30 August 2017 by Dr Jane Bingham
Spectacular September Sale
40% off all outdoor plants! Yes, that’s right 40% off every plant in our beautiful Plant Area!
Starting on 2nd September for our Garden Club members and on 9th September for all customers, and lasting all the way through to 17th September, so get ready, steady, grow!
This is an excellent, not to be missed opportunity, to buy trees, hedging plants, shrubs, roses and climbers. Maybe there’s that favourite Acer, weeping conifer or topiary that you’ve had your eye on – now’s your chance to get it. Take this opportunity to fill in gaps in your borders with herbaceous plants for colour year after year. Shop early as our shelves will empty quickly – have fun!
Bedding plants and bulbs
Plant up bedding plants and bulbs for cheerful colour throughout winter and into spring.
Pansies and violas should flower their socks off from now until spring.
Primroses and polyanthus start flowering in midwinter and last well into spring.
Plant tubers of the dainty Cyclamen coum, which flowers in the depth of winter.
Forget-me-not (Myosotis) provides colour for a long period from early spring and looks lovely with daffodils and other spring bulbs.
Wallflowers bloom in late spring and associate well with tulips.
A huge selection of bedding plants and bulbs are available now at The Mains of Drum.
Add more interest by using evergreens like heathers, small conifers and shrubs, and trailing ivy.
It’s a Good Time for Planting
September and October are great months for planting. The soil is still warm from the summer sunshine and is moist due to more rainfall. What’s more, plant roots will have plenty of time to grow and become established before the sap rises in spring and plants surge into growth again.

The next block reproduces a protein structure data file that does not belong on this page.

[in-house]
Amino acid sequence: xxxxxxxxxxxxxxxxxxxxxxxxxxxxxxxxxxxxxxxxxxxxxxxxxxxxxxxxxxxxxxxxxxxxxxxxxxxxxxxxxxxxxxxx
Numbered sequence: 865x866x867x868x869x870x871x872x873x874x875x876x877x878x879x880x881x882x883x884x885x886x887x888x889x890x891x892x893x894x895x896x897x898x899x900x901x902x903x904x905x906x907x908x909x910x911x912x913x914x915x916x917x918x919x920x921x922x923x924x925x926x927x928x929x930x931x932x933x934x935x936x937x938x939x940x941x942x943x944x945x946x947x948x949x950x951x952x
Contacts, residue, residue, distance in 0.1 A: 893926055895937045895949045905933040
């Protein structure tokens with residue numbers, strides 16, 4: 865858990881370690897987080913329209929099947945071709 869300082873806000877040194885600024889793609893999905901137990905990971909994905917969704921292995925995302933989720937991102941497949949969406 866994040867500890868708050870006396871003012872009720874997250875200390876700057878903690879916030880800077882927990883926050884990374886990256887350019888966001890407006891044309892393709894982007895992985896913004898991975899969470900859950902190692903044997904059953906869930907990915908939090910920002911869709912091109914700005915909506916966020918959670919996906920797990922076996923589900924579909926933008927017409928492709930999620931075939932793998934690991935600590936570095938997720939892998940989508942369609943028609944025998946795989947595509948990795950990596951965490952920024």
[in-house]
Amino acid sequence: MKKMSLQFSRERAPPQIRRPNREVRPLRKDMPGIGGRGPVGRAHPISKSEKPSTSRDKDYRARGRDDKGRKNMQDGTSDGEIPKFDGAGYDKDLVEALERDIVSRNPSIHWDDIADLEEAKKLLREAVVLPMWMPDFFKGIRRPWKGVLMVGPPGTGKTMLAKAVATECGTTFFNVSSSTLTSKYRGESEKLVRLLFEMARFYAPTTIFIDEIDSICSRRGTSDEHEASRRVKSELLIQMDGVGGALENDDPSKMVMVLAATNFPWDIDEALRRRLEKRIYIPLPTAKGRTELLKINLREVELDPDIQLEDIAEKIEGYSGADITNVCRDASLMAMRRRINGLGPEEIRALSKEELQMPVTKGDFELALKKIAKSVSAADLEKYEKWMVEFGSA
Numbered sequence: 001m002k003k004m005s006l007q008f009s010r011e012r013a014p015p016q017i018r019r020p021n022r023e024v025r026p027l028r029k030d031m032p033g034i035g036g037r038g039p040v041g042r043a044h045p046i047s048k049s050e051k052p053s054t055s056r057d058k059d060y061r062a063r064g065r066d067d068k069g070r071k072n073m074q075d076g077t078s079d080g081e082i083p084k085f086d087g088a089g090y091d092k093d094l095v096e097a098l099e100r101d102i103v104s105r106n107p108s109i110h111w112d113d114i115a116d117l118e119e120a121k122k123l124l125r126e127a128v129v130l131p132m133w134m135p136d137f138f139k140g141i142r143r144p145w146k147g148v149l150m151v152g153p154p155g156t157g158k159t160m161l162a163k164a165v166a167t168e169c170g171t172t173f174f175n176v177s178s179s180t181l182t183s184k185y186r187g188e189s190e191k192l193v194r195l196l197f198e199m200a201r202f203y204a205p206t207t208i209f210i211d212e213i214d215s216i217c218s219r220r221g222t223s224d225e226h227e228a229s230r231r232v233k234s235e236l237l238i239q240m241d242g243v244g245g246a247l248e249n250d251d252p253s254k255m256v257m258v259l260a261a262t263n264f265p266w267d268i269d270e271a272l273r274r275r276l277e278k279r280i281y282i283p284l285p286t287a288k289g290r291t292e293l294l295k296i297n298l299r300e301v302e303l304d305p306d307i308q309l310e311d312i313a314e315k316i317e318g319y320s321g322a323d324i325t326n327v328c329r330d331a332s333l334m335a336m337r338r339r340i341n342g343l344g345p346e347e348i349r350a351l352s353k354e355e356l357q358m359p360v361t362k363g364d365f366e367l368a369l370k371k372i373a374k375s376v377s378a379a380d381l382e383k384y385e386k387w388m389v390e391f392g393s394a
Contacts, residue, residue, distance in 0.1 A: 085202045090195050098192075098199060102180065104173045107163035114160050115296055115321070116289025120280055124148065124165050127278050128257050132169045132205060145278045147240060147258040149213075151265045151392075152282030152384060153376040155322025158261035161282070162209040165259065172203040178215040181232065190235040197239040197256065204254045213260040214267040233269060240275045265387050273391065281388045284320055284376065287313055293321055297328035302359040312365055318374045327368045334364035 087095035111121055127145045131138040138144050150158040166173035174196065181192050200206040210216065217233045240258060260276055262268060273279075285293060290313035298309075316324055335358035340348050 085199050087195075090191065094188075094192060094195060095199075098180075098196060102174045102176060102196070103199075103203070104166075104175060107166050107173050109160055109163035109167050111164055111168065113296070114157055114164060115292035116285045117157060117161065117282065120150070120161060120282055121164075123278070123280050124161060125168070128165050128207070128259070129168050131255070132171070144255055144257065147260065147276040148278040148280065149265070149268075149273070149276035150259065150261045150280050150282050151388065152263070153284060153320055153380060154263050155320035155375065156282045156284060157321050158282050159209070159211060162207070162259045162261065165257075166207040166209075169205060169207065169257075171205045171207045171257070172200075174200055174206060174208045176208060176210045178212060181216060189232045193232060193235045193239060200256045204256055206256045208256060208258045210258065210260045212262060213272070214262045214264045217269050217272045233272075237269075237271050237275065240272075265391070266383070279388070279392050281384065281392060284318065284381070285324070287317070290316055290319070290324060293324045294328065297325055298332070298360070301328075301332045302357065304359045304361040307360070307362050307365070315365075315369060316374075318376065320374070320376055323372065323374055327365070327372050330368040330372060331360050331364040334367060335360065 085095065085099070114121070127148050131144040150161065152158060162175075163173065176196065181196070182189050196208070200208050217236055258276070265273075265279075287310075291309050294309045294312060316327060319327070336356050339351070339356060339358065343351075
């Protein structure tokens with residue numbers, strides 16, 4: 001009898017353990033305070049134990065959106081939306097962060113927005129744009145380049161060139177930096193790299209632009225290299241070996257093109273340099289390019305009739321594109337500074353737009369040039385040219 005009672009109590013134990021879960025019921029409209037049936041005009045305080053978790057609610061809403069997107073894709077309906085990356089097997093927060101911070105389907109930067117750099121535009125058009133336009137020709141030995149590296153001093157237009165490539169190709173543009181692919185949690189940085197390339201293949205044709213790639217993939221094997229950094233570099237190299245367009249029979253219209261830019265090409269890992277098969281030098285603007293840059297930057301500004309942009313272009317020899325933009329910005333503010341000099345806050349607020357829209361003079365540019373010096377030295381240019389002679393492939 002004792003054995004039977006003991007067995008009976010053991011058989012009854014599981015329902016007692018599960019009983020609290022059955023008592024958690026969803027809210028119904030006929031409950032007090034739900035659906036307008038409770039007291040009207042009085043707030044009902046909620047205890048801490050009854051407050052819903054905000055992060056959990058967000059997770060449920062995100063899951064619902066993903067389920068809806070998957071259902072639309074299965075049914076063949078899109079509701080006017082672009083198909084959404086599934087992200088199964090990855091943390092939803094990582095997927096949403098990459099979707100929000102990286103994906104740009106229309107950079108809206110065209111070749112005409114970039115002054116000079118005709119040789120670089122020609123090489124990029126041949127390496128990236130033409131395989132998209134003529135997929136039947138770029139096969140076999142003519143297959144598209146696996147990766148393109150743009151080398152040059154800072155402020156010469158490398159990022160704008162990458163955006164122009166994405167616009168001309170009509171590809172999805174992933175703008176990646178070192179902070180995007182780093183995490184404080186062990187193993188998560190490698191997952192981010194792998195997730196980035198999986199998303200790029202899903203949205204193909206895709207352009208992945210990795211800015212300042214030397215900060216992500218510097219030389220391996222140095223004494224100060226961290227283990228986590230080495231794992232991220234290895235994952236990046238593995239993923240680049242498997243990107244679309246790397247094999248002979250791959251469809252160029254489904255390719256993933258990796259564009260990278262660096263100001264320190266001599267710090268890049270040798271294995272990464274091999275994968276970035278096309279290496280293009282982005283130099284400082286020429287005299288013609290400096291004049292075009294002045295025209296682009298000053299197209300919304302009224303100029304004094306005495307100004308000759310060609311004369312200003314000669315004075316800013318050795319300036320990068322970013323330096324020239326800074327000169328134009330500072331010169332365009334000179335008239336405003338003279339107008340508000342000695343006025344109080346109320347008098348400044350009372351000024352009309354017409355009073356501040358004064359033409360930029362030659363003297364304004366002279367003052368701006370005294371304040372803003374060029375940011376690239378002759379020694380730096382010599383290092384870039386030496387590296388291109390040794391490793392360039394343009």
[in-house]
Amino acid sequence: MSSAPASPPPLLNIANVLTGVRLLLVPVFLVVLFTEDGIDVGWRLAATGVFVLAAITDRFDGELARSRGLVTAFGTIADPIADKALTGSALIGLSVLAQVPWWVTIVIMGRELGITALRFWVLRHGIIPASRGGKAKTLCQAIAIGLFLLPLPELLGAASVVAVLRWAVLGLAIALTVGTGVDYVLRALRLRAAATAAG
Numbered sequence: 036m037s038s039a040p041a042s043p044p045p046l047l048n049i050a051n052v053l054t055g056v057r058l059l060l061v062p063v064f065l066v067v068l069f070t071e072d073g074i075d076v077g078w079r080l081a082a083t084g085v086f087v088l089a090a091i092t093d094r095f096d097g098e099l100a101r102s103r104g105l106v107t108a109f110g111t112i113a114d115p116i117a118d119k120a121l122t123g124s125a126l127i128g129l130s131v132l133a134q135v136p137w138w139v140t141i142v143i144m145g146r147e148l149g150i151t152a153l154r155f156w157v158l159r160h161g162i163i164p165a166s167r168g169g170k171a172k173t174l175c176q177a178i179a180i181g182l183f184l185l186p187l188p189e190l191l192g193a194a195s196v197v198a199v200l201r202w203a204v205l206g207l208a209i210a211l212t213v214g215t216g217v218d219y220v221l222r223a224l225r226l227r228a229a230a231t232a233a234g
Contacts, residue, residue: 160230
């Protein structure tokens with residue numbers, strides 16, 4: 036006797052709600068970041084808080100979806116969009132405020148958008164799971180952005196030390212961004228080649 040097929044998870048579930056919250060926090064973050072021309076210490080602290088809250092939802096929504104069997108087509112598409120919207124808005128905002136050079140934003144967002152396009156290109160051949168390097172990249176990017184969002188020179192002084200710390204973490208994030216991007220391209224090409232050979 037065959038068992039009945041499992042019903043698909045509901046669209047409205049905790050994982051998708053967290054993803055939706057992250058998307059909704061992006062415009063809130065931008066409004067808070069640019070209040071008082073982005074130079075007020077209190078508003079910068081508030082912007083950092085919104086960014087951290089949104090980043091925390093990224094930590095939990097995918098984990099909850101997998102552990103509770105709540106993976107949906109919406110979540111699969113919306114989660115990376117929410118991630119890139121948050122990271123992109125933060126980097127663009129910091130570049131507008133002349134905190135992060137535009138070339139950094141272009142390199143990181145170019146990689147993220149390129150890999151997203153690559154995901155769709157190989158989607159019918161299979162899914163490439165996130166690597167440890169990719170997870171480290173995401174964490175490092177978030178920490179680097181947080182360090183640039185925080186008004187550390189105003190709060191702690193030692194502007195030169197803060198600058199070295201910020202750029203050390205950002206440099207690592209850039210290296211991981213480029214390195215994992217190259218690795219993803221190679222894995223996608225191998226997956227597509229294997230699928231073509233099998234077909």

We have a huge choice of herbaceous plants and if they are planted now they will become well established and reward you with a glorious display next year.
It’s a Good Time for Scarifying and Aerating Lawns
Scarify and aerate lawns now to keep grass strong and healthy over winter, before our northerly temperatures plummet in October. Scarifying reduces the build-up of thatch (dead grass, moss, etc.). This thatch layer stifles grass and impedes drainage. The easy option is to use a machine for the job, but vigorous raking provides a good workout.
Aerating relieves compaction and encourages good drainage, reducing the growth of moss, lichens, algae and slime moulds, which become prominent in the cool, humid conditions encountered here in early autumn. Aerate using a hollow-tine corer or a garden fork, making holes 10cm deep, spaced 10-15cm apart. Brush a top dressing of sandy loam into the holes. This helps to protect exposed roots from penetrating frosts, which can start as early as next month.
Follow up with an application of autumn lawn fertiliser.
Our superb displays, including NEW additions to our collection of Inspiring Gardens displays, such as the ‘Tranquillity Garden’ and ‘A Seat in the Shade’.
Our ‘Pinetum’ is also looking good, featuring:
Pinus wallichiana with its long, drooping blue-green needles.
Pinus sylvestris ‘Nana’ (Dwarf Scots Pine) and Pinus mugo (Dwarf Mountain Pine) which are ideal for a small garden.
Pinus nigra (Austrian Black Pine) adds drama to large gardens.